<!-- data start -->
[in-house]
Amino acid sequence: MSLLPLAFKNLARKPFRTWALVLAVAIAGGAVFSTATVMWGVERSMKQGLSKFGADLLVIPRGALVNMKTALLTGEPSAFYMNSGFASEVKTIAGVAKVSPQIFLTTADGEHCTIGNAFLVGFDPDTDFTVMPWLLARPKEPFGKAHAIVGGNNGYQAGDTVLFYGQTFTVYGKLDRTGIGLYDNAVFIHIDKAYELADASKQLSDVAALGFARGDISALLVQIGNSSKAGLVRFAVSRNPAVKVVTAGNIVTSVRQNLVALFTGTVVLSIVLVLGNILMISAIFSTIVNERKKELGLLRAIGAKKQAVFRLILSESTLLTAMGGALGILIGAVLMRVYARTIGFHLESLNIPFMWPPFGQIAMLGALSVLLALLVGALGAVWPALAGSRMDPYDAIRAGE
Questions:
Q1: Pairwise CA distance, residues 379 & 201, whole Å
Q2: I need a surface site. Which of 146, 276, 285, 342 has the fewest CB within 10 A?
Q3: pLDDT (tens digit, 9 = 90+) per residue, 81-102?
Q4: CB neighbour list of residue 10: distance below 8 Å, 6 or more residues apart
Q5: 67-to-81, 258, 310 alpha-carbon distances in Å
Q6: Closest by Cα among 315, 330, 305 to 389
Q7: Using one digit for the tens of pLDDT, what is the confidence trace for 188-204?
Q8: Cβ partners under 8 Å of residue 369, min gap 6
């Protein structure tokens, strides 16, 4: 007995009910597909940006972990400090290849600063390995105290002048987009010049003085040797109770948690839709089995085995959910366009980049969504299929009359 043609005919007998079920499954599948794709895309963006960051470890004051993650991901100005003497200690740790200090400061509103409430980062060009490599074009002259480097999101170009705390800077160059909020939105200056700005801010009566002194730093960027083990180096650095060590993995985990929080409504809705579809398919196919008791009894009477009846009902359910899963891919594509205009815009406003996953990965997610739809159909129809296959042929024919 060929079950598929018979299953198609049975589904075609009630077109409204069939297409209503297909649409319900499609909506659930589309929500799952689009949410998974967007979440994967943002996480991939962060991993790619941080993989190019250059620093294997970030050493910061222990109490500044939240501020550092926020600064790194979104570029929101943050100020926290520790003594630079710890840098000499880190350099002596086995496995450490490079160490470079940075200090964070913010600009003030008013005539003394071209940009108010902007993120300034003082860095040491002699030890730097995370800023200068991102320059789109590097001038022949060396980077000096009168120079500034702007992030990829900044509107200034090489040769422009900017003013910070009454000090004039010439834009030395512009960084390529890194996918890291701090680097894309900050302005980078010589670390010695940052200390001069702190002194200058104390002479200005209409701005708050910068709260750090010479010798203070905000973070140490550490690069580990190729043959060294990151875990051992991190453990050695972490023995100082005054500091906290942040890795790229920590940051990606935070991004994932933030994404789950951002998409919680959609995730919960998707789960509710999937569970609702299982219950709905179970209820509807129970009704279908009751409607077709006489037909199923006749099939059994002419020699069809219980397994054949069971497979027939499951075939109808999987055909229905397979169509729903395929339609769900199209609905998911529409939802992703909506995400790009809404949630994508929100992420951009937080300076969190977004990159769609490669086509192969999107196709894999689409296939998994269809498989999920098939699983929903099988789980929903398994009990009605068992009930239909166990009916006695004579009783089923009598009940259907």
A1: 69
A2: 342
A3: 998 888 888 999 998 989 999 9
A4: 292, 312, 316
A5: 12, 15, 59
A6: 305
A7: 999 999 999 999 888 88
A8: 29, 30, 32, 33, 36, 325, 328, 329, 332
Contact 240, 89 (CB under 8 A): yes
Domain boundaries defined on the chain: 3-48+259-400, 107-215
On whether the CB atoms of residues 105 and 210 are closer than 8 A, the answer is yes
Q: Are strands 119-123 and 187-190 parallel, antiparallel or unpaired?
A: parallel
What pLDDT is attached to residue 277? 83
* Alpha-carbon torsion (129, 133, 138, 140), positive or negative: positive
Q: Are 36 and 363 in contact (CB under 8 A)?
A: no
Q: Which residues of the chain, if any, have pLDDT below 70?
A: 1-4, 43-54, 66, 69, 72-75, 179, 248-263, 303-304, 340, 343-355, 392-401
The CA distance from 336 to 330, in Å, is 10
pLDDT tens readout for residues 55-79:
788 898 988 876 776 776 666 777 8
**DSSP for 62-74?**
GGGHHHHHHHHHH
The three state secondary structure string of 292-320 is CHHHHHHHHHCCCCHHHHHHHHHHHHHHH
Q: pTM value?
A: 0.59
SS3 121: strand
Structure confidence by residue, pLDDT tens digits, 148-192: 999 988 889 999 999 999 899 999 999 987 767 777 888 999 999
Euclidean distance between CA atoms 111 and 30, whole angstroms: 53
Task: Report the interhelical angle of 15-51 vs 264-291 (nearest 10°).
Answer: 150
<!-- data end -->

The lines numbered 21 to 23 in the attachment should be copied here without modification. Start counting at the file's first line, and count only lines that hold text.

Contact 240, 89 (CB under 8 A): yes
Domain boundaries defined on the chain: 3-48+259-400, 107-215
On whether the CB atoms of residues 105 and 210 are closer than 8 A, the answer is yes